In the letter written in the 18th century to his son, Philip, who lived far from home, Lord Chesterfield establishes his position, threatens his son’s financial source and stresses the importance to be the best in order to reap the benefits of obedience, good reputation and perfection. First, Lord Chesterfield establishes his position in order to get his make his son obedient to him.
Take, for example, in the beginning of the letter Chesterfield writes “I know how unwelcome advice generally is” (Chesterfield 3-4), or in other words Chesterfield is already aware his son will read the letter with a prejudice therefore resorts to using reverse psychology. This establishing of his position, because it requires Phillip Stanhope to feel guilty, and admit his prejudice to reading the letter, is a tactic that will likely succeed in getting Chesterfield’s son to want to prove his father wrong and proceed to reading the letter diligently.
Moreover, because Philip Stanhope continues to read the letter carefully, he therefore, falls victim to Chesterfield’s trick as Chesterfield goes on to write “I flatter myself that your reason young as it is” a clear disinterest in his opinion “I can have no interest but yours in the advice I give you” (Chesterfield 14-17), a tactic all parents very much love to use on their children; Chesterfield acting like he cares for his son’s opinion when he really does not.
Chesterfield lays the “. are about you and your opinion” act thick in the beginning of the letter to create an “amiable” atmosphere between himself and his son in order to bait his son in and trick him into listening to him before his changes his tactic to a more hostile and threatening approach. Taken together by crediting his opinion and creating an “amiable” prove particularly effective in catching the attention of his son, because as a whole, they compel Chesterfield’s son to keep readings the letter diligently.
In the middle of the letter, Chesterfield threatens his son’s dependency on him in order to stress the importance of a good reputation. Take, for example, in the middle of the letter Chesterfield pens “I do not therefore so much as hint your dependence on me” (Chesterfield 30-32), or in other words “You rely on me and are and will be nothing without me to help you”. This threatening of his son’s dependency on Chesterfield, because it will require his son to feel anxious, is a tactic that will likely succeed in getting Philip Stanhope and realize just his dependence on his father.
Moreover, because Philip Stanhope will most likely feel anxious and scared of not having his father back him, he therefore will strive to follow his follow his father’s wishes as Chesterfield continues to writes”… nor can have a shilling in the world but from me” (Chesterfield 34-35), an assertion that is very true as the 18th century, family social class was a big part of the way one was treatment or looked at in society. Chesterfield is well aware of this and so is Philip Stanhope therefore Chesterfield uses the cheap method of threatening him with what could make or break Stanhope’s future.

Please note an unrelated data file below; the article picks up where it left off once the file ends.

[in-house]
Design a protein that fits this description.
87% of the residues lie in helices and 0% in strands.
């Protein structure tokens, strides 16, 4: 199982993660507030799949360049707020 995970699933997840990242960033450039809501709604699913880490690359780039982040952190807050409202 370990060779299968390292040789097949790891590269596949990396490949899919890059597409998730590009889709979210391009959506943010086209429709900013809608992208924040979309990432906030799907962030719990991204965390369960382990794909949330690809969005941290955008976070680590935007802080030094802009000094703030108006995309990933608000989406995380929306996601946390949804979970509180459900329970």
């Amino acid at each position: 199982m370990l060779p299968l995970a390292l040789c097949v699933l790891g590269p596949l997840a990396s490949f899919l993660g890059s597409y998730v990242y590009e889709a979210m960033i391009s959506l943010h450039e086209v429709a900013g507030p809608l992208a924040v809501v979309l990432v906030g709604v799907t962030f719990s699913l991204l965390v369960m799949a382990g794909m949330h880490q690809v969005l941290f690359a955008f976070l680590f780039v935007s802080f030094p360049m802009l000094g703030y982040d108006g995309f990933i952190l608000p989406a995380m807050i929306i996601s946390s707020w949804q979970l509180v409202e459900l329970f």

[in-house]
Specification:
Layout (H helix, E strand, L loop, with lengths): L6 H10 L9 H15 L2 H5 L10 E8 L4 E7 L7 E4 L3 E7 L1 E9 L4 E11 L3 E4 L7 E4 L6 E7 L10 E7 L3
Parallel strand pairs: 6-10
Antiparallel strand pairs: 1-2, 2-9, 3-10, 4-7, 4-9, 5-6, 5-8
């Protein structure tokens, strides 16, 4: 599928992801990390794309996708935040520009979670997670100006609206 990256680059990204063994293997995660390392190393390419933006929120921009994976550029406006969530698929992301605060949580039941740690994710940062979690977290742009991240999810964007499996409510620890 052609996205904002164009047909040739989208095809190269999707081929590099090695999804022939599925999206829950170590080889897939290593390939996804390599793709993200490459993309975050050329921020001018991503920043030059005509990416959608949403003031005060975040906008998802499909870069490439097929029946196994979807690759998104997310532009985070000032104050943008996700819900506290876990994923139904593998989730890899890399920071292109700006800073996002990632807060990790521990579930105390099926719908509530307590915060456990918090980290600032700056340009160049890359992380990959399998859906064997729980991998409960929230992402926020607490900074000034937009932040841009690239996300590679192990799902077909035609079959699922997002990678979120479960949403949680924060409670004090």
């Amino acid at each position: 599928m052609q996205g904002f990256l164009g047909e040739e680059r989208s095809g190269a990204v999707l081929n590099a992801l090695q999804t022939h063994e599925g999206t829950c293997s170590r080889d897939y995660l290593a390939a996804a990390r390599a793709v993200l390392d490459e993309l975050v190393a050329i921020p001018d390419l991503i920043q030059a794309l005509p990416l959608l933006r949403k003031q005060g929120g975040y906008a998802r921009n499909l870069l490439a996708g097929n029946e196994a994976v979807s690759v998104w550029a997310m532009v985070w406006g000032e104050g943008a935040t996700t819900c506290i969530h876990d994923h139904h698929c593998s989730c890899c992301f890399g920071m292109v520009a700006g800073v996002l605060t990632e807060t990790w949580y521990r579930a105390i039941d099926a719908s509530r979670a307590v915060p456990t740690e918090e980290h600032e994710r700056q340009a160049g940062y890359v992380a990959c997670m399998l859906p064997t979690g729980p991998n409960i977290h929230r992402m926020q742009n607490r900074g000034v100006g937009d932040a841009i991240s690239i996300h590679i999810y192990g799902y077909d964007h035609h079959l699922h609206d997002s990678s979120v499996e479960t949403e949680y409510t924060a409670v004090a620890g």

Taken together by threatening his son’s future and financial support will prove effective as Chesterfield is well aware his son will need both his father’s money and “name” in order to make something of himself. Lastly Chesterfield stresses to his son the importance of utmost being the best in order to ensure perfection. Take, for example, when he writes”… can there be anything more mortifying than to be excelled by them? ” (Chesterfield 52-54), or in other words Chesterfield is saying there is nothing worse than being excelled by someone else even if it is by a margin.
Using rhetorical questions emphasize the importance of achieving excellence and perfection, values Chesterfield holds very dearly. This emphasis of being perfect, because it requires Phillip Stanhope to feel motivated and try as much as hard as he can to be the best of the best, is a tactic that will most likely succeed as Stanhope will realize the truth in his father’s statement as he is an illegitimate child and need to questions asked about his capabilities.
Moreover, because Stanhope will heed to his father’s advice and strive to be the best, therefore will work hard not to be questioned of his social status. Next Chesterfield continues writes”… your shame and regret must be greater than anybody’s,” that is society “because everybody knows the uncommon care which has been taken of your education, and the opportunities” as a nobles son “you had of knowing more than others of your age” (Chesterfield 56-60), a statement that could be proven true by others who have known Chesterfield.
Chesterfield warns his son of the consequences that cou in doing this half-heartedly”… one may as well not know a thing at all, as know it imperfectly” (Chesterfield 66-67) by reminding his son that as a person who was born into a position with many opportunities granted to him, and therefore failure to work hard and excel others of his age would unavoidably bring shame and disgrace to himself and his father.
Taken together stressing the importance of being the best and being perfect, even though it sounds harsh, it is just out of love and concern that Chesterfield wants the best for his son to that his is not questioned just because of his birth. In conclusion Chesterfield’s reason for stressing perfection, obedience and threatening his son is that he hopes his son makes the right choices for himself, something Chesterfield himself didn’t do so well on in the past.